German travel phrases are useful for tourists and can help you show a little respect for local German culture. In this post, we're going to look at useful German words & expressions you can use on your holiday here.
We're going to start out with very common German travel phrases and later in the post look at some more advanced expressions you might want to use on your trip. All travel phrases come with audio recordings, so just click on the play button to listen to the pronunciation. 😊
Let's start with the absolute basics of German. If you don't have much time left and want to make sure you can at least say Hello, Goodbye and yes in German, have an intense stare at this list:
If you want to introduce yourself in German or have a little bit of small talk, whether it be at a café or at the airport, you might like the following phrases. When using these phrases, make sure that your name is Tom.
If you would like to learn how to talk about yourself more, the first lesson of our free online German lessons is about how to introduce yourself in German.
Now, if you are an intermediate learner, you might not have to learn simple phrases like “Ein Bier bitte” and “Guten Tag” anymore. The phrases in the following list will provide you with helpful building blocks you may use to form more advanced, eloquent sentences about your trip, in German, whilst you tuck into your Spaghettieis.
Have you ever been on holiday and found a restaurant or a sight that is little known, but absolutely amazing? If so, you found a Geheimtipp.
A Geheimtipp is a quality place that has a certain charm in part because it isn’t filled with tourists. The reason for this is because it isn’t so well known; as if the locals have been keeping it a secret from the crowds of tourists.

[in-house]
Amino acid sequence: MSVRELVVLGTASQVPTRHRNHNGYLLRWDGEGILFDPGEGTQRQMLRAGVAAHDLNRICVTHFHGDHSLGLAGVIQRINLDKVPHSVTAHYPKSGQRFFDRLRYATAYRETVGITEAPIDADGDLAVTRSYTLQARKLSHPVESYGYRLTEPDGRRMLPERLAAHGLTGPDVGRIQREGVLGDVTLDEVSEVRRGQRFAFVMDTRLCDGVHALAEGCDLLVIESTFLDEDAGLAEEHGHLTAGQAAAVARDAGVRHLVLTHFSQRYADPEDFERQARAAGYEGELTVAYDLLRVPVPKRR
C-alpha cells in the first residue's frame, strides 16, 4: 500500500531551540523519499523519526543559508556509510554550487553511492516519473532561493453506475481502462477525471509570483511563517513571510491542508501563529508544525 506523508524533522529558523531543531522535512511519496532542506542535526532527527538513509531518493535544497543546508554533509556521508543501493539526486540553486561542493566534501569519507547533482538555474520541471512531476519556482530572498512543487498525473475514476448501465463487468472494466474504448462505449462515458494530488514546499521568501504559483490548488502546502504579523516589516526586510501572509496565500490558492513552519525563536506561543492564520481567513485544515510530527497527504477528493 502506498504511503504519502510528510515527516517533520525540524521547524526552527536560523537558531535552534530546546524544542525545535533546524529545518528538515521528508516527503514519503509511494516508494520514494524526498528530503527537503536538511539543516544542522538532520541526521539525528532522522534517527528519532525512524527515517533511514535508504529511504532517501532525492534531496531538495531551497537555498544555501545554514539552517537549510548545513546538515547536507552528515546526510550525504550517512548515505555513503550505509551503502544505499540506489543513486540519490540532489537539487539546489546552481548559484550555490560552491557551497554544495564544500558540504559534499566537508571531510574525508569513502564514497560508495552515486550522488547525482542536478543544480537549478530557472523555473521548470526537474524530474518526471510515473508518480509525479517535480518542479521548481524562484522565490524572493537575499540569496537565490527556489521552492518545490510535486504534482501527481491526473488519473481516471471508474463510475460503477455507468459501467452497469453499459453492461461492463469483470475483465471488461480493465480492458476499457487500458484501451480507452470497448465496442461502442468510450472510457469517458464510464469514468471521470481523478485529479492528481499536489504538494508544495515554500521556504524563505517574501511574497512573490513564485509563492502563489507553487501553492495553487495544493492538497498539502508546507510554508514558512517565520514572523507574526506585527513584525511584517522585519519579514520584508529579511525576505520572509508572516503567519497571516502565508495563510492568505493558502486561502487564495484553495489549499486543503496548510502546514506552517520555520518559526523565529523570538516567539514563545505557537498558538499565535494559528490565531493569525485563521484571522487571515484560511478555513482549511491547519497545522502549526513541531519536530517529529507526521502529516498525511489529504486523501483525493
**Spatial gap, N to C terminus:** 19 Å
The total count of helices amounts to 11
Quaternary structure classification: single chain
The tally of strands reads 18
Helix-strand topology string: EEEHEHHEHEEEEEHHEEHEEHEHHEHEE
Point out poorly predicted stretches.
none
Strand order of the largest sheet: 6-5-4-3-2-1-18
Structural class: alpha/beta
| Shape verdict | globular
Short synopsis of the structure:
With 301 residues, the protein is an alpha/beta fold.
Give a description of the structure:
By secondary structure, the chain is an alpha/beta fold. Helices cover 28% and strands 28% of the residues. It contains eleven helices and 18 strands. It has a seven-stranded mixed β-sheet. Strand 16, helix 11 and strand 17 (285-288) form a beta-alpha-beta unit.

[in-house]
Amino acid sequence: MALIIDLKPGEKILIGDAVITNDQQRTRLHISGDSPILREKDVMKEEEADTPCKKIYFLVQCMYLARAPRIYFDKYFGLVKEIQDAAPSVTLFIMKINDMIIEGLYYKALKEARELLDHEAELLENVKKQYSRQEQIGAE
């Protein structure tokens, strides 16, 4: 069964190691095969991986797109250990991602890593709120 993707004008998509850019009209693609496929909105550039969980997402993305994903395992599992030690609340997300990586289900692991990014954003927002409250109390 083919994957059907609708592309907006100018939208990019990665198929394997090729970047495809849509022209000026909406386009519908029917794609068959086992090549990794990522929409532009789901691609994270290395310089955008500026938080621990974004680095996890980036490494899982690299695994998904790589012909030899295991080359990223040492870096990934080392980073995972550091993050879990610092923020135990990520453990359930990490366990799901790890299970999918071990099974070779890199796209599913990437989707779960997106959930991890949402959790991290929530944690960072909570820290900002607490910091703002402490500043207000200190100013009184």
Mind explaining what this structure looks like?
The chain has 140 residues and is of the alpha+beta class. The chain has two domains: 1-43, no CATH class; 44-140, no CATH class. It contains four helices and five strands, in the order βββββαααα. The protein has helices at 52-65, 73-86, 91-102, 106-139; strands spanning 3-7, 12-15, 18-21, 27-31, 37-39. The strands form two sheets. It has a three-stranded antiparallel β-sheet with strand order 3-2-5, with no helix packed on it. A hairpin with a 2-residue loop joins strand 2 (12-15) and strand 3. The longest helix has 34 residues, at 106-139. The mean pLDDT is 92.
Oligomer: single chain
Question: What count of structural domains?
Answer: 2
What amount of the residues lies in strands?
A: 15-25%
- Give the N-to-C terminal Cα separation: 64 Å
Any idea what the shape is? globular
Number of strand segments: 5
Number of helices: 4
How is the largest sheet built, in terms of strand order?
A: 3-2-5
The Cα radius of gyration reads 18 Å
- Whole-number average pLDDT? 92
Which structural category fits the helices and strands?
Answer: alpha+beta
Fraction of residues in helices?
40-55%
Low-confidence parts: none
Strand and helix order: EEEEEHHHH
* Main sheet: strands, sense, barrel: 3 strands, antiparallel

When on holiday, you may come across certain low-quality tourist attractions and services that are meant to entice those looking for a quick and easy-to-find place to go, in order to pass the time. They may be mediocre and tacky, and are often overpriced.
When you go to such a place, you may even leave feeling like you were given a superficial impression of the culture, and may have noticed that the place was full of tourists, with no locals in sight. Some people enjoy the convenience of such places, but for those who don’t, they can be referred to as: tourist traps.
So, next time you’re on holiday, you might find it useful to remember this term.
PS: Das Beispiel ist ein echter Tipp. Die haben sehr leckere Baumstriezel.
Sometimes it can be useful to ask around for Geheimtipps in the area you are staying. Die Umgebung is the Kreisdistrict or Bereicharea in which one is staying. If you know the whereabouts of some hidden gems in the area, you can kill two birds with one stone by visiting interesting, quality places, without having to travel around the city all day. Or, perhaps for those who do love to explore all the far corners of a given travel destination, it may be enough to just know which little cafe in the area one may visit every morning, for a reliable cup of coffee.
Either way, it may come in handy to remember the phrase: In der Umgebung.
It’s always a good idea to plan ahead of your holiday ☝️; to seek any information that may be useful to you on your trip. Sich nach etw. erkundigen means just this - to seek information / to ask about something, looking for helpful information.